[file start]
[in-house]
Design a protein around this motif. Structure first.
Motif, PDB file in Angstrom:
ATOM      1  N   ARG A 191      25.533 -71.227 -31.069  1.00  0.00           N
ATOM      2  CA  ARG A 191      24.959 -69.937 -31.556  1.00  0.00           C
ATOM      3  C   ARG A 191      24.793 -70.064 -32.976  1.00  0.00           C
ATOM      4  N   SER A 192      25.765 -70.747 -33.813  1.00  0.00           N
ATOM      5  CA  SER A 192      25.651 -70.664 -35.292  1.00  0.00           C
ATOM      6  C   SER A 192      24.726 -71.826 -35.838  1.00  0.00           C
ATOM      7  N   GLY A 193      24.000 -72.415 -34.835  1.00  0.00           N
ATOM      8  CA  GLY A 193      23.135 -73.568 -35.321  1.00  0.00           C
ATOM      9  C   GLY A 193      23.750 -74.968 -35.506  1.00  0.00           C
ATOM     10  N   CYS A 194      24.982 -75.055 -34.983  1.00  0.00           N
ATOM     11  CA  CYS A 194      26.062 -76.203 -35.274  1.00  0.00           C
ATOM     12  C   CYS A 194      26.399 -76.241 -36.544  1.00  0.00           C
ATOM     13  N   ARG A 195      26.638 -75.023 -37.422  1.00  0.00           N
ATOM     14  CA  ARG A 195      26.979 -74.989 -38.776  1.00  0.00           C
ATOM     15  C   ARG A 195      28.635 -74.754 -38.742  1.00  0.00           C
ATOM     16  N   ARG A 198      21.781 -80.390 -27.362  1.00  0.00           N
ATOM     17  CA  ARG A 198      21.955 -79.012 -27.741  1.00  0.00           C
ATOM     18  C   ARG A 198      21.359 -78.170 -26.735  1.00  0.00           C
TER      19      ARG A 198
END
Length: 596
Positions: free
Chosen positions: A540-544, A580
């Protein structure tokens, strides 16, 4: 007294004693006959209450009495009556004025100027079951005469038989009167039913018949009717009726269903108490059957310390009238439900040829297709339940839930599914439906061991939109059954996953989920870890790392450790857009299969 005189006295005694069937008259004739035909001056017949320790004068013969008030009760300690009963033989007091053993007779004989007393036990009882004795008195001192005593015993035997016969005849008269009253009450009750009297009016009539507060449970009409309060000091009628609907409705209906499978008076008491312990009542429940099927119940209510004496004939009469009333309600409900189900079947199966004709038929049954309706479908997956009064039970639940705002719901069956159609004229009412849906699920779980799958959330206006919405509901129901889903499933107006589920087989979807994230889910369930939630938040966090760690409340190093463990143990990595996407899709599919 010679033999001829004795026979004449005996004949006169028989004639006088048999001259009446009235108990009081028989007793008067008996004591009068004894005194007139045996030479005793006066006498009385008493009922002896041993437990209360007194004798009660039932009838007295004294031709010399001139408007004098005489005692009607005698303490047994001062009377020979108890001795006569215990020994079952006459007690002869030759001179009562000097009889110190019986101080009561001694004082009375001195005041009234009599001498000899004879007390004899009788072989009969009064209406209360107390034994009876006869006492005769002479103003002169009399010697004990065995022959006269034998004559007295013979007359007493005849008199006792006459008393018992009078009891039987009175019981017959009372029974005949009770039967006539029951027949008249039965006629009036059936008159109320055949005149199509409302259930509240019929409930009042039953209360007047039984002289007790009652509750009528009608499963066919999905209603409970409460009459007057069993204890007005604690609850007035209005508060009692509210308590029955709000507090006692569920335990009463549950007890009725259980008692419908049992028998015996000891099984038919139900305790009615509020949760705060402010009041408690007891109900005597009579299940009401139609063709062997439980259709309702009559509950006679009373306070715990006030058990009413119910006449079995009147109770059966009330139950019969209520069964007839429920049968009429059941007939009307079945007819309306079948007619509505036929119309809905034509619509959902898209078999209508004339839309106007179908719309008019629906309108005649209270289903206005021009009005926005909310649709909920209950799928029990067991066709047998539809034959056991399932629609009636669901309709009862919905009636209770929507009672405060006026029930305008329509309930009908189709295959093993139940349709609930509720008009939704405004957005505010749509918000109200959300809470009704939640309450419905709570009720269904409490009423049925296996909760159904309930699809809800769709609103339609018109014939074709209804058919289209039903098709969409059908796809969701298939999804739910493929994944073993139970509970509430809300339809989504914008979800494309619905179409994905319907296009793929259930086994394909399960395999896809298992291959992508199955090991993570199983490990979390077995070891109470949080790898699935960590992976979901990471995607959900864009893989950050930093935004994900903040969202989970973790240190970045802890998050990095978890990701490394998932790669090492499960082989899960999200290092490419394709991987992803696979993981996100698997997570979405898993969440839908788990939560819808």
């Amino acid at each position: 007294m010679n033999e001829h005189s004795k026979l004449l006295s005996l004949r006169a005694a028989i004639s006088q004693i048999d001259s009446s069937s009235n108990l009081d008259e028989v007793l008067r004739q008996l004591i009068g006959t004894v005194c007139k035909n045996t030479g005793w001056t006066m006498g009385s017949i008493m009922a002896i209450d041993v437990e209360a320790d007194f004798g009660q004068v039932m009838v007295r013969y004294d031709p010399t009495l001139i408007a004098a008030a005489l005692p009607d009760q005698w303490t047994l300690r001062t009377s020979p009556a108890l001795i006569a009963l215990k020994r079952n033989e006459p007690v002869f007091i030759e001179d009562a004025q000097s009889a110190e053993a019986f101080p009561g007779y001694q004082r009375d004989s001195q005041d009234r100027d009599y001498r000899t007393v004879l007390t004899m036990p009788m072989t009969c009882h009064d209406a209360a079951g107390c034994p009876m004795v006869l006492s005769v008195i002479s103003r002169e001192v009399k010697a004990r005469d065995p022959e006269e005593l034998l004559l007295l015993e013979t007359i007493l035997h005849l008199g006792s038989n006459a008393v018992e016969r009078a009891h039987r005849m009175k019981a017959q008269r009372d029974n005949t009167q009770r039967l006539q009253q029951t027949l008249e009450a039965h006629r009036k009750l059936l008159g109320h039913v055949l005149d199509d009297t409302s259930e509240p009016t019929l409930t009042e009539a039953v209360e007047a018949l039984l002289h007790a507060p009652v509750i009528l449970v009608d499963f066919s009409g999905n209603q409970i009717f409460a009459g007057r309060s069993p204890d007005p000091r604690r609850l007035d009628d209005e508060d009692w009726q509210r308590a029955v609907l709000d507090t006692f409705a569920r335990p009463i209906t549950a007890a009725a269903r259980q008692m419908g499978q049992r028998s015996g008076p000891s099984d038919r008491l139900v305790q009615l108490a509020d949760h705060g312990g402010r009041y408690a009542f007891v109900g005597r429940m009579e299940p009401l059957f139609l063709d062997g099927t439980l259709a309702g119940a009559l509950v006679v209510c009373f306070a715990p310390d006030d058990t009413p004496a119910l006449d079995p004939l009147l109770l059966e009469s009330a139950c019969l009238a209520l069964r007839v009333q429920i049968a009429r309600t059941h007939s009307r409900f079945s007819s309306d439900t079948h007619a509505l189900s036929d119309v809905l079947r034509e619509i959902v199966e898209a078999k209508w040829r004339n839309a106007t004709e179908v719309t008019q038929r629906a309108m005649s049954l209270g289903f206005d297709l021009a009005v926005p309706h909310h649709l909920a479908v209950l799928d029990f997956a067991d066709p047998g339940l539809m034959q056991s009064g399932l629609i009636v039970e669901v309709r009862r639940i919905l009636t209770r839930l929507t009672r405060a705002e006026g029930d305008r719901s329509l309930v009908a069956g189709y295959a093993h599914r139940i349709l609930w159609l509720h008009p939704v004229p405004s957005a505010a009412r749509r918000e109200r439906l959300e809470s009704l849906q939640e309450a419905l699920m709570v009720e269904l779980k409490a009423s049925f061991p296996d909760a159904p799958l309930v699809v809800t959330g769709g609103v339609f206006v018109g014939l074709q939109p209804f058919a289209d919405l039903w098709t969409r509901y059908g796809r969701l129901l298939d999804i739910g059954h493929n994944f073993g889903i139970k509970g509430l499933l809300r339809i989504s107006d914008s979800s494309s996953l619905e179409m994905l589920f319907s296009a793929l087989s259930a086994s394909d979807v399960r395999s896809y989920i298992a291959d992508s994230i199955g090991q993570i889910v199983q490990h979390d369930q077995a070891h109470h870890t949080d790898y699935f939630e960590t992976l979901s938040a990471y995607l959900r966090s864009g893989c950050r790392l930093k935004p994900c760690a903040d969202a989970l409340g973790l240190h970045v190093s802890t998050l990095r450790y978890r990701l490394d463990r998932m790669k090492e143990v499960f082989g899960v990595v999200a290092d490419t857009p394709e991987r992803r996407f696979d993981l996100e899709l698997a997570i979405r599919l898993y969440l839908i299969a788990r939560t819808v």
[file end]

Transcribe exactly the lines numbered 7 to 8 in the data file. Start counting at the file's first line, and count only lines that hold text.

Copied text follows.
ATOM      4  N   SER A 192      25.765 -70.747 -33.813  1.00  0.00           N
ATOM      5  CA  SER A 192      25.651 -70.664 -35.292  1.00  0.00           C